Several single-arm EHF trials using stereotactic body radiotherapy (SBRT) for prostate cancer [18,19,20,21,22] have been conducted to date. The largest series with the longest follow-up  involved 515 patients treated with 35–36.25 Gy/5 fractions using SBRT. At a median follow-up of 72 months, the 7-year BCFFSs were 95.8, 89.3, and 68.5% for the low-, intermediate-, and high-risk groups, respectively. In a pooled analysis of 1100 patients from eight centers, King et al.  reported 5-year BCFFSs of 95.8, 89.3, and 68.5%, respectively, with a median follow-up of 36 months. The corresponding values determined in our study were 57.1, 42.9, and 40.0% at 7 years, despite a very similar dose fractionation scheme (35 Gy/5 fractions). The superior outcome of the former studies could be attributed to the administration of ADT; 8, 16.3, and 55.3% for the low, intermediate, and high risk groups, respectively, in one study , and 8, 15, and 38%, respectively, in the other . In our study, ADT was not administered unless there was BCF during follow-up. Additionally, our study had the longest follow-up with a median of 90 months, which could be attributed to the lower BCFFS rates, because BCF is a late event with a median time to failure of 60 months, which could have been even longer when ADT was administered in the former studies.
Time/dose/fractionation schemes might also have been responsible for the discrepancies in the outcomes. The only noticeable difference in the time/dose/fractionation was the frequency of treatment. In previous studies, treatments were administered daily or every other day with an overall treatment time (OTT) per 1.0–1.5 weeks. In our study, patients were treated twice a week (Arm 4) or weekly (Arm 5) with an OTT of 2–4 weeks. Tumor cell repopulation in prostate cancer has been considered negligible when the OTT is no longer than 9–10 weeks . A recent study  estimated the tumor repopulation rate and its onset time from previous reports of prostate cancer [8, 24, 25] based on a linear quadratic model and suggested an onset time of 34 days and not longer than 58 days. A few studies [26,27,28] have reported a detrimental effect of prolonged OTT in a CF scheme. In a study of 1796 patients with low risk prostate cancer treated with radiotherapy alone, D’Ambrosio et al.  reported that prolonged OTT due to treatment breaks was an adverse factor for the BCF. In another study by Thames et al. , a multi-institutional retrospective analysis of 4839 patients with low and intermediate risk disease, the OTT and dose were significant predictors of BCFFS, in which OTT was significant in patients treated with ≥70 Gy. However, there was no evidence that an OTT of 2.0–4.0 weeks (< 35 days) negatively affected outcomes when compared with an ultra-short OTT of 1.0–1.5 weeks. An ongoing phase II trial of prostate SBRT called PATRIOT (NCT01423474) which compared 40 Gy/ 5 fractions delivered every other day over 11 days vs. once per week over 29 days is expected to clarify this issue.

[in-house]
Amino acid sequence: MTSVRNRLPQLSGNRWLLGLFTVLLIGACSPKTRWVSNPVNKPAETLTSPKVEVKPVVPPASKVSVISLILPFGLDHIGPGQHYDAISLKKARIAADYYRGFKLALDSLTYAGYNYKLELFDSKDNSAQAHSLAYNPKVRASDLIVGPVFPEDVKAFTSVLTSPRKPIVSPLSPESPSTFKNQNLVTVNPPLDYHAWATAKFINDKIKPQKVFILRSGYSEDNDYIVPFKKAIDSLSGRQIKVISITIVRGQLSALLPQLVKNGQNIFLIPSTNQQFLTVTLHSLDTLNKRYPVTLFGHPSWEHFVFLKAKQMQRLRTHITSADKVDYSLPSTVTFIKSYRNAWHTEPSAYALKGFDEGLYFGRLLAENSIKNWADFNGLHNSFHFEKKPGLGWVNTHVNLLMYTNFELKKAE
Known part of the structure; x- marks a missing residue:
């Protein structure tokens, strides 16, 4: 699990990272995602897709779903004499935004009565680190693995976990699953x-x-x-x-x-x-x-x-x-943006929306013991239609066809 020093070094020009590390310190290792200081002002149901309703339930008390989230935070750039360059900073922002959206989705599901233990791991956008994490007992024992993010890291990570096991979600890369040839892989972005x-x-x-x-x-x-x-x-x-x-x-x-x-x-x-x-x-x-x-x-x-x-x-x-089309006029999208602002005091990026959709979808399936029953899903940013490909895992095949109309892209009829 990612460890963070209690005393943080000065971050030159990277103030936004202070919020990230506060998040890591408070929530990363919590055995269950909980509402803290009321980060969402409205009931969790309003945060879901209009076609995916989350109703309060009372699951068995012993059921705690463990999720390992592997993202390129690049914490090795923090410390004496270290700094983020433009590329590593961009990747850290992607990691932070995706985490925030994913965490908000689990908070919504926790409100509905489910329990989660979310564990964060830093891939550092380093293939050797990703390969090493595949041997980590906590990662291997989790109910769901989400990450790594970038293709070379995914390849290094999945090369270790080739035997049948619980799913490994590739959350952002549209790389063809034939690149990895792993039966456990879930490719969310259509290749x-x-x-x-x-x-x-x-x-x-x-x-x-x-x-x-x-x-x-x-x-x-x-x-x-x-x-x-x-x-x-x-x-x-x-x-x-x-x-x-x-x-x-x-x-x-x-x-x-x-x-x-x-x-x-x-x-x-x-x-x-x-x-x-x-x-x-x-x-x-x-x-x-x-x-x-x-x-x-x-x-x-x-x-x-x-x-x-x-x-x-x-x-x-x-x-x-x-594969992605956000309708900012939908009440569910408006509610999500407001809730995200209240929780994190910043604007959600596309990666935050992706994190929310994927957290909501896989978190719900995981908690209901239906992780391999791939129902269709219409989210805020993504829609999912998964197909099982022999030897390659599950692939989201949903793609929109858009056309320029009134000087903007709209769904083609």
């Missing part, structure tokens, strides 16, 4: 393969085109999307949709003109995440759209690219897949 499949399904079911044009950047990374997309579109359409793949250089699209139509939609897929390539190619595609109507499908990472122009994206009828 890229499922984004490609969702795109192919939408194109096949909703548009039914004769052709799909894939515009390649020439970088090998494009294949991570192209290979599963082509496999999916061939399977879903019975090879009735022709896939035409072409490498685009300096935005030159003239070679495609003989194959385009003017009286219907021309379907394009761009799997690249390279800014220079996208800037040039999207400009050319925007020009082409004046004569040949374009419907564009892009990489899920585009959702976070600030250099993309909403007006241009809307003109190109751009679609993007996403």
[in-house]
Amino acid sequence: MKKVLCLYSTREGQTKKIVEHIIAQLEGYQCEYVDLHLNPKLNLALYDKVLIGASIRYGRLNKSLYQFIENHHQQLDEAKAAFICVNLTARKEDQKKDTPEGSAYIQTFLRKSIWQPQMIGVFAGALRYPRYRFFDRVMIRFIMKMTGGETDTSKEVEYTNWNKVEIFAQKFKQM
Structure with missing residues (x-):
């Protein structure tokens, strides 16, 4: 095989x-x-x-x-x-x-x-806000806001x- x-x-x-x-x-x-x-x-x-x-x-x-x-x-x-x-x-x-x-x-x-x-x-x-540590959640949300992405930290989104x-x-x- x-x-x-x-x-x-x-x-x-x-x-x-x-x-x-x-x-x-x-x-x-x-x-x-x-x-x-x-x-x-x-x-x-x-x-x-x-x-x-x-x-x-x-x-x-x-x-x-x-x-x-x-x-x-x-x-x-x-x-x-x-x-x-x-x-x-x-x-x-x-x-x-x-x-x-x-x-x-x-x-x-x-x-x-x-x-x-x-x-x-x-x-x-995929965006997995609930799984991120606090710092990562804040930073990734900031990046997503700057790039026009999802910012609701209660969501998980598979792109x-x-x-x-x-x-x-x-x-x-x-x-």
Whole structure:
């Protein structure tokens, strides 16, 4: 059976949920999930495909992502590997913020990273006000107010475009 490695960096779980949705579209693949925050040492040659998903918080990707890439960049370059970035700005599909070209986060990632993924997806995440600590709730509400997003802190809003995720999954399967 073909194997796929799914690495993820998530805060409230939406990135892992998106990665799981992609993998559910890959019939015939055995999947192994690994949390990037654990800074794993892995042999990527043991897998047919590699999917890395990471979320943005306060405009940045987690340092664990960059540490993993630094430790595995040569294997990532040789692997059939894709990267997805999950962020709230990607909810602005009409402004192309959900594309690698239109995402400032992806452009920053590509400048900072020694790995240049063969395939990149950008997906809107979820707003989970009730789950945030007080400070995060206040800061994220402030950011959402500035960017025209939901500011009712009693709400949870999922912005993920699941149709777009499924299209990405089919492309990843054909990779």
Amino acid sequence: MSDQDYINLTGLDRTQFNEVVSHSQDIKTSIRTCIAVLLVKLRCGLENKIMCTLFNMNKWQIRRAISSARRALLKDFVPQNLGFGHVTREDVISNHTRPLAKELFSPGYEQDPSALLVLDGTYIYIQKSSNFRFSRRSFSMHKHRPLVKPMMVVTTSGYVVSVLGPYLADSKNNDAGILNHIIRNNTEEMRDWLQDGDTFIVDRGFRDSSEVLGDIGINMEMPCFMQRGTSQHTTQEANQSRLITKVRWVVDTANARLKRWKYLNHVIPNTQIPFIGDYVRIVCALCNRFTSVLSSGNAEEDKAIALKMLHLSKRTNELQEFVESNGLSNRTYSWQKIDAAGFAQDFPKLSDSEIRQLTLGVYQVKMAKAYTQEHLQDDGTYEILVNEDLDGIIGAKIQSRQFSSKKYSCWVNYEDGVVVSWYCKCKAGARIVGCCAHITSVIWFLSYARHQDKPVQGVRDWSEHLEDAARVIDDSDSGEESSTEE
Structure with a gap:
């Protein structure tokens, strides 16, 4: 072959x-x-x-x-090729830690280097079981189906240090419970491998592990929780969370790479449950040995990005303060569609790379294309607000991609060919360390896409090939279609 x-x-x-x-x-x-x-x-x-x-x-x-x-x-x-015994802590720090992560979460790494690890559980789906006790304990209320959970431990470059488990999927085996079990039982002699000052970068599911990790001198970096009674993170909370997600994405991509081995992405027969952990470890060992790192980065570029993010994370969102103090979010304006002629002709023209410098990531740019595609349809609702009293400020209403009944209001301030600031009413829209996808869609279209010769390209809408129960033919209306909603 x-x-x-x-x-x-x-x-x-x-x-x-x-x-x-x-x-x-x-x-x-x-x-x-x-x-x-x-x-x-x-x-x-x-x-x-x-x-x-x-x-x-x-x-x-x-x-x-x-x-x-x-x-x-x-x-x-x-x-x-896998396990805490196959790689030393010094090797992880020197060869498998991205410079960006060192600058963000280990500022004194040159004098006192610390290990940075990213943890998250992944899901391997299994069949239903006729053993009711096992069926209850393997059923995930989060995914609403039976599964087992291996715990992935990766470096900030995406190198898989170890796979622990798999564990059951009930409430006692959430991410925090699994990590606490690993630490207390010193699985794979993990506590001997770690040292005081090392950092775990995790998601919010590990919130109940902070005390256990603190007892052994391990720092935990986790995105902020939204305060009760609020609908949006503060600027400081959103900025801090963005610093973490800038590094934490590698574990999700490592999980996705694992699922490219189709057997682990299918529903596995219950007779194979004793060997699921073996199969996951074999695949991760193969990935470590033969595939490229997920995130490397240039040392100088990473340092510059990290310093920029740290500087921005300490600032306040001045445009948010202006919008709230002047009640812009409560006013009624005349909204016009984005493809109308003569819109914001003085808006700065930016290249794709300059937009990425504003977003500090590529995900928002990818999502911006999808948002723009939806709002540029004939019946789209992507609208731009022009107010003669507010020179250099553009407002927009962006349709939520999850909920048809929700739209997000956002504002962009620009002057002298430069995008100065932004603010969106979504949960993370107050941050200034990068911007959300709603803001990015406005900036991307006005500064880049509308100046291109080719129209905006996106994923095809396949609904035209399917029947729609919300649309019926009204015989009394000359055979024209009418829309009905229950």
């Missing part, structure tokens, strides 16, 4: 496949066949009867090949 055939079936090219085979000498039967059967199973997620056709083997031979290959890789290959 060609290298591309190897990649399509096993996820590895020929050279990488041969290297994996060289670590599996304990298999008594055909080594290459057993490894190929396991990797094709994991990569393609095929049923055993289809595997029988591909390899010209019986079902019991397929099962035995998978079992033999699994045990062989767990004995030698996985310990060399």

Acute GU toxicities were more common in the MHF than the EHF group (85% vs. 57%, p = 0.009), but late GI and GU toxicities were not different between the groups. These findings were consistent with EQD2 estimates for acute response (α/β = 10 Gy) and late response (α/β = 3 Gy) in the normal tissue (Table 1).